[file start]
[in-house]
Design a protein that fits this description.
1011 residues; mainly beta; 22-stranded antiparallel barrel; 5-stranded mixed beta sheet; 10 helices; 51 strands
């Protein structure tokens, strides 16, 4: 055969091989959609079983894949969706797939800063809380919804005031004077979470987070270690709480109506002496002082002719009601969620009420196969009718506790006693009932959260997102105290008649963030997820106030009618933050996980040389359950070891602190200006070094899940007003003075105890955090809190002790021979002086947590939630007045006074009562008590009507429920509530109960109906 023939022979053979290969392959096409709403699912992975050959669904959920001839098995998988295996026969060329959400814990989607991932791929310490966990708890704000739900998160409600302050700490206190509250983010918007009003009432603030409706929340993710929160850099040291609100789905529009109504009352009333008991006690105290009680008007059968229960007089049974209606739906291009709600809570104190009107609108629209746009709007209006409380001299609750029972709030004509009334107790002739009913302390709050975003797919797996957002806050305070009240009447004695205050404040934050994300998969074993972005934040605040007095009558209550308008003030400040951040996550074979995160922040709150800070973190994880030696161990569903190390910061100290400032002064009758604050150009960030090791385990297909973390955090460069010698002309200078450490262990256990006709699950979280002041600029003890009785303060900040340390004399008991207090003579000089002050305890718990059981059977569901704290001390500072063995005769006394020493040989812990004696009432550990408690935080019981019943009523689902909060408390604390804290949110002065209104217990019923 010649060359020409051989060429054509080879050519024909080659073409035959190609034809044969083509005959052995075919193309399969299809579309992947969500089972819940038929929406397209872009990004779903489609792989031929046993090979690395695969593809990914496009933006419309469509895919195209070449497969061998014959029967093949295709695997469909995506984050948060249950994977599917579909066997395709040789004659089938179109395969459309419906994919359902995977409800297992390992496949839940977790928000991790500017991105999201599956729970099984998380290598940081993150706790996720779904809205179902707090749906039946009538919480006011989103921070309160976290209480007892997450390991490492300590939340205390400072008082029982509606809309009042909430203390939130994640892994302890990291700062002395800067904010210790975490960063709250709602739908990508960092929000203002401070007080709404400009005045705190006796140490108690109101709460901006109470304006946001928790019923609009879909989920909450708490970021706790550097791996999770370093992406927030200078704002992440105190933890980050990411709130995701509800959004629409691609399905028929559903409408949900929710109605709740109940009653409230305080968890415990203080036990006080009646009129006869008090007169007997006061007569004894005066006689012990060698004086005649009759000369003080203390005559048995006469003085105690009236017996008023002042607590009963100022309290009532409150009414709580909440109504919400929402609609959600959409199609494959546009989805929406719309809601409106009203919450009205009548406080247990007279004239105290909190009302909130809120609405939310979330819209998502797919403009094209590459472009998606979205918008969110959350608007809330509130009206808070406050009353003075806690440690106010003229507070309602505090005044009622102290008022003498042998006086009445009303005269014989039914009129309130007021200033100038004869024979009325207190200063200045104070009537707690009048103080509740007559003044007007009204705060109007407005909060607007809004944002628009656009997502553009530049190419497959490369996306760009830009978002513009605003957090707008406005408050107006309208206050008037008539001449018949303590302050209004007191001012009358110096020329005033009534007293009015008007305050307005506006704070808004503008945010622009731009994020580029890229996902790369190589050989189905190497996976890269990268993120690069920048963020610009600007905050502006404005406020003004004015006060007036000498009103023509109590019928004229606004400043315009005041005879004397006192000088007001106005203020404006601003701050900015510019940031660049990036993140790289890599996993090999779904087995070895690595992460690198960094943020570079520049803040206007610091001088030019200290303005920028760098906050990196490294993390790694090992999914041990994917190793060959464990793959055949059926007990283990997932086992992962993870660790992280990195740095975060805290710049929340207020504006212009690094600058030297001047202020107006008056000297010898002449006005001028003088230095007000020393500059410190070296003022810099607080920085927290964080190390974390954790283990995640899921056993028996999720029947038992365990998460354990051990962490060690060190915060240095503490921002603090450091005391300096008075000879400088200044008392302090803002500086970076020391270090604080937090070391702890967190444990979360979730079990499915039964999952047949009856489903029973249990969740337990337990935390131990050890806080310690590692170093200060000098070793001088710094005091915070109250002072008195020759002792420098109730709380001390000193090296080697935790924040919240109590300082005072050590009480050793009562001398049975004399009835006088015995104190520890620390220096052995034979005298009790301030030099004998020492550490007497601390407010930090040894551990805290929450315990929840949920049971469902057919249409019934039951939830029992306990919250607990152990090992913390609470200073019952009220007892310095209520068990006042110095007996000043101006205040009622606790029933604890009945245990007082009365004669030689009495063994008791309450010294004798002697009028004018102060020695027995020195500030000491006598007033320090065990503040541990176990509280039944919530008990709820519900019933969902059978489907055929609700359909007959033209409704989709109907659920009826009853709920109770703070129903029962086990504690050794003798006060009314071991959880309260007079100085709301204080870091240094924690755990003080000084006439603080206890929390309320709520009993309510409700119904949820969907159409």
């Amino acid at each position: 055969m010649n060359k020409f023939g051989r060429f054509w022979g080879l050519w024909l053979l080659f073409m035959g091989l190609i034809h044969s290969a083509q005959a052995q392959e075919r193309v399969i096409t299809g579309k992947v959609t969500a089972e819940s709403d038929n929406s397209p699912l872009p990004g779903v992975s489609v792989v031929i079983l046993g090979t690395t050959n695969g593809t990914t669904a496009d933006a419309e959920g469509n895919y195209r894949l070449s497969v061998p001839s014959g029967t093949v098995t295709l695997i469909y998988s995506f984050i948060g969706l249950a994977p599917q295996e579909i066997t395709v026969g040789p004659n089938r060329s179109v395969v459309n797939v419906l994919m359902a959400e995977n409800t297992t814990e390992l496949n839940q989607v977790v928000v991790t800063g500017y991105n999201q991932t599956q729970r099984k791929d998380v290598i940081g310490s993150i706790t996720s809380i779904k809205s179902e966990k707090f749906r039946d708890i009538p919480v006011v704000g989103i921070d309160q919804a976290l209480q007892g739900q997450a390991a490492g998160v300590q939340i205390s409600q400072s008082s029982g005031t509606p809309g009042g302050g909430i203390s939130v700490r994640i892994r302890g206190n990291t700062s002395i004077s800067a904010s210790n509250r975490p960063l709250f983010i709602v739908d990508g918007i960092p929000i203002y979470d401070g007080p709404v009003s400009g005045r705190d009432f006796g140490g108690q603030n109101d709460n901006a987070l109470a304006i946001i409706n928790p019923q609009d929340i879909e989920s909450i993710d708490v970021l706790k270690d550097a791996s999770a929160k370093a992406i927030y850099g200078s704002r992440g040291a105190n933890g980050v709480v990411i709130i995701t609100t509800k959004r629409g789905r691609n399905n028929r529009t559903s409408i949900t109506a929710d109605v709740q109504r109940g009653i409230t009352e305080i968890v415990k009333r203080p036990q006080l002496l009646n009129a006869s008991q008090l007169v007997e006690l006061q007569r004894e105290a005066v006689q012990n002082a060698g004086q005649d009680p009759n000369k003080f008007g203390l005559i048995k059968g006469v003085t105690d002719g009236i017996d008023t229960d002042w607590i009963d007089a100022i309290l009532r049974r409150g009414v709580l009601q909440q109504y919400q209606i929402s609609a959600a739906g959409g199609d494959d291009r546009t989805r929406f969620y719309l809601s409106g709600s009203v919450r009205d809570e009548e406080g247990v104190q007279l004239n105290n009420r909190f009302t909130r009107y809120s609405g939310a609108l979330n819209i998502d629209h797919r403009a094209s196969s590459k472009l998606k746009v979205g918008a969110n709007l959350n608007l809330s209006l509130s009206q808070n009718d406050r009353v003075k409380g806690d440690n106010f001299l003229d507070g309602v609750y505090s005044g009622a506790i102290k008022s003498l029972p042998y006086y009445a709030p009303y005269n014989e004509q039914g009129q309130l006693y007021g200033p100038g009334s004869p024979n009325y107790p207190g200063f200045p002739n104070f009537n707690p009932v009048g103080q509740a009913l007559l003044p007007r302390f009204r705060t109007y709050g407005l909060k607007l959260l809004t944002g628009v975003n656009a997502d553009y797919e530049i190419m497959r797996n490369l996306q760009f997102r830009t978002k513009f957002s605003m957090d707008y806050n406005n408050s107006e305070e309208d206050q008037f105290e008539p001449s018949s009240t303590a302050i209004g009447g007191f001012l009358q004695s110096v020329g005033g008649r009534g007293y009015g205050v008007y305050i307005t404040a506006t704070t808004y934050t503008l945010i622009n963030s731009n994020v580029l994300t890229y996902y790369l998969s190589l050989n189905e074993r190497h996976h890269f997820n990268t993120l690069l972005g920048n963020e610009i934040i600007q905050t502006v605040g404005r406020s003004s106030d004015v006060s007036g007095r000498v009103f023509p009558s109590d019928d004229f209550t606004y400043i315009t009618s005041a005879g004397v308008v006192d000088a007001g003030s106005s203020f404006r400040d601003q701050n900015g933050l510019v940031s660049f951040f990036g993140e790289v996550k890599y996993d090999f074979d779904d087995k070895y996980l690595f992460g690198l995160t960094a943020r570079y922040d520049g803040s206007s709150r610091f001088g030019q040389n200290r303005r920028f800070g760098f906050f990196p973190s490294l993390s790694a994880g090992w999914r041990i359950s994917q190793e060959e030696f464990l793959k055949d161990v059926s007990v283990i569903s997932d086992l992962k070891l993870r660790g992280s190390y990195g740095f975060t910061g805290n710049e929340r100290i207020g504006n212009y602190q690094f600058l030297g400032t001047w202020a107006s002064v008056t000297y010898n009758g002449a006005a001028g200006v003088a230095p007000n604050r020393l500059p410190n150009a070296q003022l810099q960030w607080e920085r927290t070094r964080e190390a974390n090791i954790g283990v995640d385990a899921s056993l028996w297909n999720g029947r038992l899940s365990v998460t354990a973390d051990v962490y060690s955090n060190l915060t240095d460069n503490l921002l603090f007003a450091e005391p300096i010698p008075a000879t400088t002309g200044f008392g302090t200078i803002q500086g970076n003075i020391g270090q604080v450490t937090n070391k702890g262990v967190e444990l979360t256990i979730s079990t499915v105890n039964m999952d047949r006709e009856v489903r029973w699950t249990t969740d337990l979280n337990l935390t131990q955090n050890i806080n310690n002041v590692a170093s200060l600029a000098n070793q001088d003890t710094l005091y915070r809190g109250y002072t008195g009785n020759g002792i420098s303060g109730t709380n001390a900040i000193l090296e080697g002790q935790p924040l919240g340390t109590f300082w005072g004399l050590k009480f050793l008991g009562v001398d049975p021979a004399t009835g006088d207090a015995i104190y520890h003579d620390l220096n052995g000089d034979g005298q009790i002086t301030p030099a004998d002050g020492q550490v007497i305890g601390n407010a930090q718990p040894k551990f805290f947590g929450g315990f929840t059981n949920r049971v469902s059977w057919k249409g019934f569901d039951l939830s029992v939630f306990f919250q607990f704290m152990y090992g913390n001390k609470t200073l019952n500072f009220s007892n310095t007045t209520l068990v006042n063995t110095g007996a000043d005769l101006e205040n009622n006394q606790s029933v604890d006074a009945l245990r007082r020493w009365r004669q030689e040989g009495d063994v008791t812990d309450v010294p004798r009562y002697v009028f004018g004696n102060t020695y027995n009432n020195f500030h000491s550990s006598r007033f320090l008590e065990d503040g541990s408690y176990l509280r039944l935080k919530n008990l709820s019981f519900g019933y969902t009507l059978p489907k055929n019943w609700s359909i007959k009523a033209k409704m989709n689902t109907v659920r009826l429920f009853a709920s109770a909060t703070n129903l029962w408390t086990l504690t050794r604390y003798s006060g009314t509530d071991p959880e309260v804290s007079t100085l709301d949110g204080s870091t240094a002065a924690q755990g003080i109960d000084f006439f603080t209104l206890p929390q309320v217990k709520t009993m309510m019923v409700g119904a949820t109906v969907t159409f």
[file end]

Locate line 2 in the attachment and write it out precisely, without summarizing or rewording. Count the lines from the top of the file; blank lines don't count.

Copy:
Design a protein that fits this description.